Every year, organizations struggle to know exactly how they should handle Federal Tax Information (FTI). The challenge is that many organizations don’t realize the repercussions associated with accidentally mishandling, storing, using, transmitting, or disposing of FTI. In fact, if your organization has FTI in its possession, then you must comply with all aspects of IRS-1075. A failure to comply with IRS-1075 could result in both legal action and associated criminal penalties.
What Is IRS-1075?
The Internal Revenue Service Publication 1075 (IRS-1075) is a set of guidelines that all organizations possessing FTI data must follow. The publication features information on the controls, safeguards, practices, and policies that organizations, as well as their contractors and recipient agencies, must follow if they are to successfully protect the confidentiality of FTI data. IRS-1075 also includes operational, managerial, and technical security controls. In order to be considered compliant with IRS-1075, organizations must be able to show the IRS that they are a) following the established guidelines, and b) capable of actively protecting the confidentiality of FTI information through established safeguards.
How Can Your Organization Remain Compliant With IRS-1075?
If your organization is to remain compliant with IRS-1075, then it must ensure that all FTI data is secure. To do this, your organization will need to implement certain processes, checks, measures, and safeguards to ensure that the FTI data remains confidential and safe. It is important to note that the rules denoted within IRS-1075 apply regardless of the size or significance of the FTI data. These rules also apply regardless of the storage method used (i.e. paper or electronic). Finally, IRS-1075 guidance is designed to cover every stage of the FTI data. From receipt to transfer, storage to usage, access to transmission, and finally its disposal, the data must remain safe, secure, and confidential at all stages.
As noted within IRS-1075, a few of the standardized safeguards and controls that organizations will need to follow, if they are to remain compliant, can be found in the following list.
Record Keeping Requirements.
A secure and accurate record-keeping system must be established. This record-keeping system should include all of the FTI records, any documents or data associated with the FTI records, and information regarding access rights to the data. As discussed within the secure storage controls, a log should be kept regarding the access, transfer, usage, storage, and eventual disposal of the FTI records.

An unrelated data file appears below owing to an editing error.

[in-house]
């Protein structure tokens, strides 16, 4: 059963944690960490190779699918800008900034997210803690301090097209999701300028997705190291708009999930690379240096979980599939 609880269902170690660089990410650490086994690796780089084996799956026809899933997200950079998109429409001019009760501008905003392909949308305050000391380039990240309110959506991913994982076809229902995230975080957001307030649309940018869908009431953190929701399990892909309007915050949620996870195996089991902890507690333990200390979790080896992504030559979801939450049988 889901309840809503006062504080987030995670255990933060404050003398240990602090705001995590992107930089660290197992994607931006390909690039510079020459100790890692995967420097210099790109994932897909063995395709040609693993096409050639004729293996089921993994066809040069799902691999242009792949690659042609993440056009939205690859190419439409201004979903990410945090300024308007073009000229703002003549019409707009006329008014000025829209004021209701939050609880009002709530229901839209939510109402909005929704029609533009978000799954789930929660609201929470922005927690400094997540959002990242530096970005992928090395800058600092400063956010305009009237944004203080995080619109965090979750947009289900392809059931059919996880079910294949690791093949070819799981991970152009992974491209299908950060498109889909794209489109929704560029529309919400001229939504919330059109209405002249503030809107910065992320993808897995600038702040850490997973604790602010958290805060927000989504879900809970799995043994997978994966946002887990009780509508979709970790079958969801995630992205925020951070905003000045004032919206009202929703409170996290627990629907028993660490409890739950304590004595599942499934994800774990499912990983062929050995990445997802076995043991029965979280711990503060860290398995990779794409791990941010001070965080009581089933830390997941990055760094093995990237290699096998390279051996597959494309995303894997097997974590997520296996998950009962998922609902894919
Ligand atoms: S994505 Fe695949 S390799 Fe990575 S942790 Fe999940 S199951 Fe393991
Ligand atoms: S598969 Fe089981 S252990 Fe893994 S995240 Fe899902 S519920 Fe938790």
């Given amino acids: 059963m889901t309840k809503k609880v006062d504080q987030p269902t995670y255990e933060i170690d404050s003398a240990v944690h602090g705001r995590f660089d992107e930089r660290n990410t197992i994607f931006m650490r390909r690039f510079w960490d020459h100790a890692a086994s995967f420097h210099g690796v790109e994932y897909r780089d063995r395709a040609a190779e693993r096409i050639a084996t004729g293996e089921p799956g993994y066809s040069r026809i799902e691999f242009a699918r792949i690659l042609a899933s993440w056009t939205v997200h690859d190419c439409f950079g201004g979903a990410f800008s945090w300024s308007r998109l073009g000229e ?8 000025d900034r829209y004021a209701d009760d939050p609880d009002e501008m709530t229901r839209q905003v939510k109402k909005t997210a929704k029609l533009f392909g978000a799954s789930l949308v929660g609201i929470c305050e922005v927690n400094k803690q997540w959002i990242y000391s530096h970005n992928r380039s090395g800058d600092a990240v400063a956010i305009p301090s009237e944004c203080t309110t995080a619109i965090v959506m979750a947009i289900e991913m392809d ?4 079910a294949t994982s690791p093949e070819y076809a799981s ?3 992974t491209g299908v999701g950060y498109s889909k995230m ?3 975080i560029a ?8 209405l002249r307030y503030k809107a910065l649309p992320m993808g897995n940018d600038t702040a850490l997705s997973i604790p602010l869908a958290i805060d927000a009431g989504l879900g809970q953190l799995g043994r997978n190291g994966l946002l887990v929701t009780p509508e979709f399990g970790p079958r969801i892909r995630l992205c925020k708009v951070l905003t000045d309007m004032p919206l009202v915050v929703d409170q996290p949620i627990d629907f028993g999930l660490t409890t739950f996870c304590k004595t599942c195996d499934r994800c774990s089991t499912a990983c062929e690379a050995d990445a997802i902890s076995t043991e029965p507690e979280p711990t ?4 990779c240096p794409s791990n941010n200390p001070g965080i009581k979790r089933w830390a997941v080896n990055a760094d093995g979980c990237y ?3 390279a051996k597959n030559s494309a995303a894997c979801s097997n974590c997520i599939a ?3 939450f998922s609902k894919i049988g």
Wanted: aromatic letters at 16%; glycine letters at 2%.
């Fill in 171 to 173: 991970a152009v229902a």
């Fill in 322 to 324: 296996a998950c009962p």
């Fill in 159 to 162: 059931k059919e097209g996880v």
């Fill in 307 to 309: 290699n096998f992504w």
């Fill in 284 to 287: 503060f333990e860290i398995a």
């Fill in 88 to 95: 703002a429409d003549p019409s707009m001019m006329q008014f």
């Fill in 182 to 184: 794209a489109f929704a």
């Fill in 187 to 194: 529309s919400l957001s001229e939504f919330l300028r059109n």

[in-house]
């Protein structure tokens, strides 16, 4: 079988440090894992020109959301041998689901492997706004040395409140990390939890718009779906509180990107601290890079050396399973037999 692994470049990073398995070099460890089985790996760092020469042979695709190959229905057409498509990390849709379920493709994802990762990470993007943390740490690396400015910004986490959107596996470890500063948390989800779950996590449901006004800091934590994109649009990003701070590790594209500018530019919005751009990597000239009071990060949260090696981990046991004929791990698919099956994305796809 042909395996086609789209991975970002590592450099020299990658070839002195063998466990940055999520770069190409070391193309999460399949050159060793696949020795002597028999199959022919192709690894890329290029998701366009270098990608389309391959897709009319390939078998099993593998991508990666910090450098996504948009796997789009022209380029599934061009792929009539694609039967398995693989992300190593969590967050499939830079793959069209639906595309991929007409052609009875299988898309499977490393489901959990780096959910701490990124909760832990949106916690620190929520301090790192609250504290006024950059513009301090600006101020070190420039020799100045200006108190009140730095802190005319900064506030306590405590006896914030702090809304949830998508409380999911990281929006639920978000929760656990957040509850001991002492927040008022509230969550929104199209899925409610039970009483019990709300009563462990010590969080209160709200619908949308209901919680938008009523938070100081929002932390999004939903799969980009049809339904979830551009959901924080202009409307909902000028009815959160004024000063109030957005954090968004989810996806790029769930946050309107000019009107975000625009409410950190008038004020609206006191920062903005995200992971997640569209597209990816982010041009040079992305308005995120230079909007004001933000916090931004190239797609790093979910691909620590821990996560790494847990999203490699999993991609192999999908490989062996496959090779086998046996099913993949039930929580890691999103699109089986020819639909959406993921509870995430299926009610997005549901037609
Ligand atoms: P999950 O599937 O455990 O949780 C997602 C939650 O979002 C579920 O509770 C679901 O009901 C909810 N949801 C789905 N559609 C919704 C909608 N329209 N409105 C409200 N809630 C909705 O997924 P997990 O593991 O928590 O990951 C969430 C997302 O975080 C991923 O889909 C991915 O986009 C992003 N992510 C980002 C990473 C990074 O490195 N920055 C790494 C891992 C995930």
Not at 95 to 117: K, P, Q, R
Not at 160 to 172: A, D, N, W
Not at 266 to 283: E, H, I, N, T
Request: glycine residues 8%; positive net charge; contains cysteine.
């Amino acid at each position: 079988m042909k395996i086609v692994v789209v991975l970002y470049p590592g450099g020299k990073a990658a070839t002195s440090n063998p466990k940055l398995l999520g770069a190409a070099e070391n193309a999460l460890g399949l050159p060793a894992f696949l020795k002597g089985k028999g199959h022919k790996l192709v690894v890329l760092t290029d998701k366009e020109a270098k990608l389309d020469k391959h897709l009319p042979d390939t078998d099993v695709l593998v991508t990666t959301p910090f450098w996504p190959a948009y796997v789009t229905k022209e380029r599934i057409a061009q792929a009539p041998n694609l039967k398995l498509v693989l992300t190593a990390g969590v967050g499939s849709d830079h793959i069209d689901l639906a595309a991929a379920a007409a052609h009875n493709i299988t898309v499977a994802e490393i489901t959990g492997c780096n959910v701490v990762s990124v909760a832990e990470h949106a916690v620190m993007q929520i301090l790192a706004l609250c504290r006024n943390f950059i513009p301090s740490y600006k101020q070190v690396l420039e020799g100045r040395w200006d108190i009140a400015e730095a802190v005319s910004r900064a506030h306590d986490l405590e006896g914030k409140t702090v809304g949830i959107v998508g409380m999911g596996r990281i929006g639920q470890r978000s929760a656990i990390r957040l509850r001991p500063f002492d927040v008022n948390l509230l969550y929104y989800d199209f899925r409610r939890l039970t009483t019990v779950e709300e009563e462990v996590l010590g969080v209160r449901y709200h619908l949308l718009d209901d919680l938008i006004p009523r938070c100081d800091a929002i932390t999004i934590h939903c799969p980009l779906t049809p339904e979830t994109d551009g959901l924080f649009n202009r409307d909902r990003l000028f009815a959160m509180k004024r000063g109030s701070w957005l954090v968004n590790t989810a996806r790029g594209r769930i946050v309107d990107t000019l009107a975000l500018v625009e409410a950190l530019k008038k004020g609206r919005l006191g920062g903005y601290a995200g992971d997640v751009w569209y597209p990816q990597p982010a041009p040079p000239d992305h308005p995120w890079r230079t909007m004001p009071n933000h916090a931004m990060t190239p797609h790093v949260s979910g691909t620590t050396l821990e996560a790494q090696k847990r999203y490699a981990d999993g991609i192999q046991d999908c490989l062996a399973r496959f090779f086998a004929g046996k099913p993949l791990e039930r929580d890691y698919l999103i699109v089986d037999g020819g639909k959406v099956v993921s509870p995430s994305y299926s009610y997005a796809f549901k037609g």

This particular control refers to the specific details regarding the physical and electronic security of FTI data. IRS-1075 includes guidance regarding locks, vaults, safes, keys, authorized access, and secure transportation of the data. To remain compliant with this control, you will also need to review the security of your organization’s devices, media storage solution, and network.
FTI data should only be accessed by authorized parties. In this vein, if the data is stored digitally, then restricted access protocols will need to be followed to ensure that the network and subsequent data remain secure.
IRS-1075 requires periodic reports, including the SAR (Safeguard Activity Report) and the SPR (Safeguard Procedures Report) to be sent to a designated IRS point of contact for an internal review.
Training And Inspections.
Employees who are responsible for handling, storing, securing, transporting, or the disposal of FTI data must receive the appropriate security training. Additionally, employees will need to receive an annual certification. Annual inspections will also need to be conducted to ensure that the proper methods are implemented throughout the lifetime of FTI data.
Whether it is in physical or electronic form, the FTI data must be disposed of securely and properly in accordance with IRS-1075 guidelines.
Computer System Security.
This particular safeguard is incredibly complex. In fact, it is the area where most organizations are not in fact compliant with IRS-1075. This section includes cybersecurity best practices, such as File Integrity Monitoring (FIM) and Security Configuration Management (SCM).
If organizations are to remain compliant with all of the above controls, especially the computer system security safeguard, then they must complete an array of tasks. These security tasks include reviewing proposed configuration-controlled changes, conducting security impact analyses, and determining if any changes to the information system are necessary to ensure the security of FTI data. If changes are necessary, then the organization will need to implement them, test them for security weaknesses, and retain records of all changes. As part of their testing components, organizations are encouraged to conduct both internal and third-party audits. In short, whether your organization has a private data center, is using a hybrid data center, or is storing data in paper form, to remain compliant with IRS-1075, you must ensure that all rules are followed.
Complete A Compliance Check Today To Avoid Fines, Criminal Penalties, And Legal Action
Like other government guidelines, IRS-1075 will continue to evolve with each new revision. However, it is important to note that a failure to properly handle FTI data, and thus incur a breach of IRS-1075 rules and safeguards, could result in a hefty fine. The good news is that I.S. Partners, LLC has an auditing team that is here to help.
While this blog post has served as an introductory guide to IRS-1075, our team is standing by to offer an in-depth explanation of the purpose of each category, control, process, and safeguards. From start to finish, we can help you to properly secure FTI data so that it remains confidential, and your organization can sustain its IRS-1075 compliance.